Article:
When the folks in Spirit Family Reunion raise their voices in song, they deliver an inspiring message. Their mostly acoustic approach combines elements of rock with hints of bluegrass and country music. They have a feel that approaches the fervent emotions of gospel music, but their messages stay grounded in the secular world. Banjo player Maggie Carson will be guest editing magnetmagazine.com all week. Read our new feature on the band
Carson: Some days stick around in your life long past midnight. We should consider the day we met a bearded bicycle mechanic named Andrew one of those days. Who knows the exact date back in 2010 when we made the acquaintance of this multi-talented man. Since that day, AG, as we call him, has lovingly assisted us in all of our recording efforts in studio, at home and anything in between. He’s been able to do this because he’s the most patient human being we’ve come to know. That’s a good guy for a band to know. And it’s a shitty twist of some fucked-up bastard version of fate that tests a man of such patience.
In the spring of 2012, we were almost done recording our first full album in AG’s Park Slope studio. At the same time, we were amongst a group of friends helping to break down that studio and build a new studio of dreams on the Gowanus Canal in Brooklyn. We helped with demolition, transportation of gear, and construction as part of our payment for AG’s recording work. By October, when the new Translator Audio Studio was ready to open, we were out on the road with our brand-new record, and we missed their opening party. We will never got to see that studio because two weeks later, on Oct. 30, 2012, Hurricane Sandy hit New York hard and sent the filthy sludge of the Gowanus Canal gushing into the new studio—bending back the roll-up gate, smashing the doors and destroying everything. nearly half a million dollars worth of vintage equipment and brand-new construction material ruined.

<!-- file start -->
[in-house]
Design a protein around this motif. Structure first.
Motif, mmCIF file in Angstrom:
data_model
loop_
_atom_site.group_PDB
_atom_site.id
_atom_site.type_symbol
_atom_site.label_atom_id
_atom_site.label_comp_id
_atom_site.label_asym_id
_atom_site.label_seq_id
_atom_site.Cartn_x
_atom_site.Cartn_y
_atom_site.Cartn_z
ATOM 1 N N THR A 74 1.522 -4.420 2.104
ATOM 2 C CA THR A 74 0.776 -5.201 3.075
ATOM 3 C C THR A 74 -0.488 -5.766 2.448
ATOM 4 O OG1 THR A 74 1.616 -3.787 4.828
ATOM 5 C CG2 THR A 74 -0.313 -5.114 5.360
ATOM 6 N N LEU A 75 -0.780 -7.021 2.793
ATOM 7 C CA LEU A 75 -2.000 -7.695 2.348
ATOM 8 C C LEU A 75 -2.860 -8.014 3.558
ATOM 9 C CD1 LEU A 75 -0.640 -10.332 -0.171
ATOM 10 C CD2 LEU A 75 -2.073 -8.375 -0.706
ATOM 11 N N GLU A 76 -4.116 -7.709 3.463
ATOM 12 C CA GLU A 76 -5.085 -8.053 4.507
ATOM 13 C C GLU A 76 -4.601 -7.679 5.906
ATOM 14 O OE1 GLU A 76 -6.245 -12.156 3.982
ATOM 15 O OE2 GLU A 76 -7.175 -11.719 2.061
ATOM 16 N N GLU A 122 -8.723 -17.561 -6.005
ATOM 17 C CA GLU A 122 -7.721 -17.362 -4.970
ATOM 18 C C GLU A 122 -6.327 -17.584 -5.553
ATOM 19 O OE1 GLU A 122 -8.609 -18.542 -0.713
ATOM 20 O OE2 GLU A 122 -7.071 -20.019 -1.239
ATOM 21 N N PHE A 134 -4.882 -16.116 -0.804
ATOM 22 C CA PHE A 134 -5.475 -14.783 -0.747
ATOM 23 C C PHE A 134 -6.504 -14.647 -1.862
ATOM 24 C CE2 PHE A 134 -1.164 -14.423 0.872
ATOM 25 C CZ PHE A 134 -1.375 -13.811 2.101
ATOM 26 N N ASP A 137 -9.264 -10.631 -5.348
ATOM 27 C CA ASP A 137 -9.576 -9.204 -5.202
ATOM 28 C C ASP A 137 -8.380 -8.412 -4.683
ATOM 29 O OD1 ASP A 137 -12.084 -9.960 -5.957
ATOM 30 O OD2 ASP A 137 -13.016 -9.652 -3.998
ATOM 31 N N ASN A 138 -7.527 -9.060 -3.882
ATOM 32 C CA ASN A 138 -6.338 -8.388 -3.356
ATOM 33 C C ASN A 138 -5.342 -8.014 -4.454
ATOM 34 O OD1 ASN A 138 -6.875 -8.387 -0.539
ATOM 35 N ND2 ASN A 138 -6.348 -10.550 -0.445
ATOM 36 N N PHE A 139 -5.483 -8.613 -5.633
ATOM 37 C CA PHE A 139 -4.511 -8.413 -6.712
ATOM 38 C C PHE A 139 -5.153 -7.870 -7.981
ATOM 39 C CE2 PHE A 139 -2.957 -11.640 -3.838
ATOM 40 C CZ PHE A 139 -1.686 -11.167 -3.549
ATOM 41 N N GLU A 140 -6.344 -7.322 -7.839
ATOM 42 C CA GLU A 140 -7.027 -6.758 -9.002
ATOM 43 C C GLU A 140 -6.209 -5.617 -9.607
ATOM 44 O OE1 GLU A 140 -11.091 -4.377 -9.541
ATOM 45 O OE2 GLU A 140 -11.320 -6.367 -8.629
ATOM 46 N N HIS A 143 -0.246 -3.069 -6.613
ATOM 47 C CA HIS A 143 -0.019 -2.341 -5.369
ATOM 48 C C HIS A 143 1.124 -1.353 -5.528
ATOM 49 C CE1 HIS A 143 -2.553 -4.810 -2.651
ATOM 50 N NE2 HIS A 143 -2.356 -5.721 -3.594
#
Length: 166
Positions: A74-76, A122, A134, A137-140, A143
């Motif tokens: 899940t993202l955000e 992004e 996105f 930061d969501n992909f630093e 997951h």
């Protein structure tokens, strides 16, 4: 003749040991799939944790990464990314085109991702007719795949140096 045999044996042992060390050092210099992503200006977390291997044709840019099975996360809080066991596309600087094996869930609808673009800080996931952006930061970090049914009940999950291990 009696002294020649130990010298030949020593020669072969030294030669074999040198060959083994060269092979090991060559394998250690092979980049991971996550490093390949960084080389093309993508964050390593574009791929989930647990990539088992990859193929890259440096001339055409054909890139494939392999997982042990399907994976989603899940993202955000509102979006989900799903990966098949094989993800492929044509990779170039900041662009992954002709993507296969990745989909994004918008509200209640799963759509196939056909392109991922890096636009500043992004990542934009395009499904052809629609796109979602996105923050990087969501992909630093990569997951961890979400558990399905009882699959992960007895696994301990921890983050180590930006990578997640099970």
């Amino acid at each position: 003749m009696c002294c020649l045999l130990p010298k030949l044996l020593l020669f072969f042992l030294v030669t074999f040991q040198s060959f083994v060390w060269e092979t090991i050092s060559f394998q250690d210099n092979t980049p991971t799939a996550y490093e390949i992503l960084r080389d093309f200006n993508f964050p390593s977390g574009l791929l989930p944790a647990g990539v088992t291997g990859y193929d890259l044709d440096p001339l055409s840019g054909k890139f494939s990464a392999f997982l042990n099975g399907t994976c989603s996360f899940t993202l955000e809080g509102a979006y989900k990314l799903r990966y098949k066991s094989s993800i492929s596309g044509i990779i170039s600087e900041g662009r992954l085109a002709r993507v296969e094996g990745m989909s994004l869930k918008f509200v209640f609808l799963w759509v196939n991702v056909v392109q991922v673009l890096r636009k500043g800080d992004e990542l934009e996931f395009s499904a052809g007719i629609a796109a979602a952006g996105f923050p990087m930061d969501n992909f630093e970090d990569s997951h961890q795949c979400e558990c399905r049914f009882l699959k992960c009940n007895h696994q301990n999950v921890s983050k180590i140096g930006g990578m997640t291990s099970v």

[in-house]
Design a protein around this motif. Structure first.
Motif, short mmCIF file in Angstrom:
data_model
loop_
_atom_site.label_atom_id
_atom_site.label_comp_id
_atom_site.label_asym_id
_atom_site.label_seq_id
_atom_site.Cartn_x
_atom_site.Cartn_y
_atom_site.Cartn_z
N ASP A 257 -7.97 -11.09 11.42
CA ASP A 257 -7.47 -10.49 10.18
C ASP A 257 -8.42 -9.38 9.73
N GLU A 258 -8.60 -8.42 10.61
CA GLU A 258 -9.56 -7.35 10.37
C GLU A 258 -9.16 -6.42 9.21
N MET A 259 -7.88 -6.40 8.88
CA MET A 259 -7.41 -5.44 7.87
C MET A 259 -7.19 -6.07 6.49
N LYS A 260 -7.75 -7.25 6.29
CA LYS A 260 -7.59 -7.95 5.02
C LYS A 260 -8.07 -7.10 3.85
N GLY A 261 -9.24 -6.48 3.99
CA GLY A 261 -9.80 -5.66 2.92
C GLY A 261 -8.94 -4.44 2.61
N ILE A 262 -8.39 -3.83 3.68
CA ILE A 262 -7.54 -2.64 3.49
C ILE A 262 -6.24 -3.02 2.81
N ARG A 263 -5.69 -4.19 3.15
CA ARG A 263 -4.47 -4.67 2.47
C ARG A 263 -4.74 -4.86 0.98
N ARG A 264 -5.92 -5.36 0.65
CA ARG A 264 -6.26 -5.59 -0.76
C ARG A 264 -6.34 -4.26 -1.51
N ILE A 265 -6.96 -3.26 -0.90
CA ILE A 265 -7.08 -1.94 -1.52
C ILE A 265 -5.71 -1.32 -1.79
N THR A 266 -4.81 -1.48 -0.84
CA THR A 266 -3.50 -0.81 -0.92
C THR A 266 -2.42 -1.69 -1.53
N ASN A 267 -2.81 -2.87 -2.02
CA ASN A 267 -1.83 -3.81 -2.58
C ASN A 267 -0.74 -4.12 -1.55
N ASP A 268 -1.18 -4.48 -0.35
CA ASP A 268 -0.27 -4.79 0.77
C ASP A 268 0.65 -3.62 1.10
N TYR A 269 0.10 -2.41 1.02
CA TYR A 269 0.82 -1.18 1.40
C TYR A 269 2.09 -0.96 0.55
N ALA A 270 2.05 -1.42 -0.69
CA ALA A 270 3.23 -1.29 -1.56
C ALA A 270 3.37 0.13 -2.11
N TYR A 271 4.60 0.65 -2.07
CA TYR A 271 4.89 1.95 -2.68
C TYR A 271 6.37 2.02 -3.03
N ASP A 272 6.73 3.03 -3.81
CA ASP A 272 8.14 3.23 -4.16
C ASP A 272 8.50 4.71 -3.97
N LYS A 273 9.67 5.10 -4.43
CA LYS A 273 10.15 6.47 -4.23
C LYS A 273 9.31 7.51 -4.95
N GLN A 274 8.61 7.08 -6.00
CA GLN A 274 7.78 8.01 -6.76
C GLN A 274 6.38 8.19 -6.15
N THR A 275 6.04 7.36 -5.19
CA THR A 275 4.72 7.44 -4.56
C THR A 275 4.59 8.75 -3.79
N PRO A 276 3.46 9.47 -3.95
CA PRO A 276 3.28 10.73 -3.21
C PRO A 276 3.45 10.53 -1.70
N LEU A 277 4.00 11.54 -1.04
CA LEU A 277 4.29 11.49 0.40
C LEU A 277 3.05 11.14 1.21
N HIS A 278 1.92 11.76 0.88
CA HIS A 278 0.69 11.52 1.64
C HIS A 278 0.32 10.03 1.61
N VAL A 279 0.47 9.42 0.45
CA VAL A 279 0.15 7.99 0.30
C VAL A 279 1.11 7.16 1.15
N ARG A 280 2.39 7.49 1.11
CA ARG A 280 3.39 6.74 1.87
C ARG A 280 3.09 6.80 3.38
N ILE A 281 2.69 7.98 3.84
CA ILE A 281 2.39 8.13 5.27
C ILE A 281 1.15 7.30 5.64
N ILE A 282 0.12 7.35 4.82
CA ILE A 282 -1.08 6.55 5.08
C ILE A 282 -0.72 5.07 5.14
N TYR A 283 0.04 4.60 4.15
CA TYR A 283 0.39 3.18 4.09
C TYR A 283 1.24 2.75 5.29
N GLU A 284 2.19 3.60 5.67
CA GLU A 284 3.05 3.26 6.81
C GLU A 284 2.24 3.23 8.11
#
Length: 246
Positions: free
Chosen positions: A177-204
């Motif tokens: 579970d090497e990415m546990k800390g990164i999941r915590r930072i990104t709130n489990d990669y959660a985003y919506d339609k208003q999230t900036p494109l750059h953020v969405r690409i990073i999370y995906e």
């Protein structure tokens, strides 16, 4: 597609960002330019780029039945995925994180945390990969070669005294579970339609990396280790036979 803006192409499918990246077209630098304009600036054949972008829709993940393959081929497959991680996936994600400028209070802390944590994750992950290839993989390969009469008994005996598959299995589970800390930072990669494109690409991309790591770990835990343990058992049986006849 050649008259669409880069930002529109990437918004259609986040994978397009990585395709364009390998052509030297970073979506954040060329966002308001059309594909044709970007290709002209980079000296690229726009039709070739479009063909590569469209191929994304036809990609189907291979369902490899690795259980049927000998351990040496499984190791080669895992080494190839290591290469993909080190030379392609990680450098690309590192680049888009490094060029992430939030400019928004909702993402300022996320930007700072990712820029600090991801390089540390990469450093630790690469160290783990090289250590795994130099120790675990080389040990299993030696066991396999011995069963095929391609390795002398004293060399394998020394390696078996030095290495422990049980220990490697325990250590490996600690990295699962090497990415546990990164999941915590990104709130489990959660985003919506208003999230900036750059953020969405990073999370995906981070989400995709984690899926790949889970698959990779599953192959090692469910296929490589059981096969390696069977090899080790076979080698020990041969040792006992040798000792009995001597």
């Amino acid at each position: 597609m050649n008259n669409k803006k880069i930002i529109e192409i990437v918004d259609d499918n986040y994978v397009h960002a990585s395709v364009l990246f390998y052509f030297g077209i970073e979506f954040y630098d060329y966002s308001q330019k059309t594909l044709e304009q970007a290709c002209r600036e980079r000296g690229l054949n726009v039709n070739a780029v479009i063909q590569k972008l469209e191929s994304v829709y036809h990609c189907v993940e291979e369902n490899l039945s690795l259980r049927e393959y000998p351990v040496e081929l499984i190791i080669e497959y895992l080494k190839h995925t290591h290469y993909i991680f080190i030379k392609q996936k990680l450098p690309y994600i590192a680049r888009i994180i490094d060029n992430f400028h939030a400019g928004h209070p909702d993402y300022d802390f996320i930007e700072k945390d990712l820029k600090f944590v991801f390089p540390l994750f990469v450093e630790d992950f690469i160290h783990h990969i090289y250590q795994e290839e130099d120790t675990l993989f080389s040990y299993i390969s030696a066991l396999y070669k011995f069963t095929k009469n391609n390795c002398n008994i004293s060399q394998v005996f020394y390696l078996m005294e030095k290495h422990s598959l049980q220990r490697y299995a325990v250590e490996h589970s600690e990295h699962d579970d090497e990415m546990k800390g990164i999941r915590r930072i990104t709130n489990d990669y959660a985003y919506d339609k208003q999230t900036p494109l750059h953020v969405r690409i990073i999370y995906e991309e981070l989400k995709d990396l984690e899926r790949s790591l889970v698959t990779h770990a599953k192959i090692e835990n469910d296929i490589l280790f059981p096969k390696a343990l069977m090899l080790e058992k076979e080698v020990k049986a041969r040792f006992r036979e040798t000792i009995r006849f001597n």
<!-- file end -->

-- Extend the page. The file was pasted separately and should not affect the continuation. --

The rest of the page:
Throughout trips to multiple triage storage units, the sorting of salvageable parts, dealing with insurance companies and lawyers and realtors, setting up a new studio in Coney Island, recording our new album, then breaking down that new studio, and not to mention wrenching on bicycles the entire fucking time, AG has inspired us all with his extraordinary composure. It’s hard enough paying for your life in New York City as a recording engineer, let alone when the brand-new business you just went all-in on gets completely erased in one single day. AG has done it with more grace than we can change a tire with. That’s a good guy for anybody to know.
After looking at more than a hundred spaces and submitting more than a dozen offers, still nothing. It seems that NYC is no longer a place where a few dedicated and talented recording engineer partners can build a small business. Not only has a reasonable 10-year lease on a studio-friendly space (the kind they signed in Gowanus in 2012) become impossible to find, but the Bushwick studios where AG moonlighted in between his moves are now being destroyed by bulldozers, to make room for upscale apartments. Every step that AG takes in recovering from this disaster he seems to encounter another hurdle, and he does it with great equanimity again and again. And so he has set up the latest incarnation of Translator Audio with a combination of rehabilitated gear and post-hurricane acquisitions. It’s a somewhat more covert operation for now that straddles the line between a home-studio and studio-home in Flatbush, Brooklyn, where he can continue to pay for his life in New York City by making records.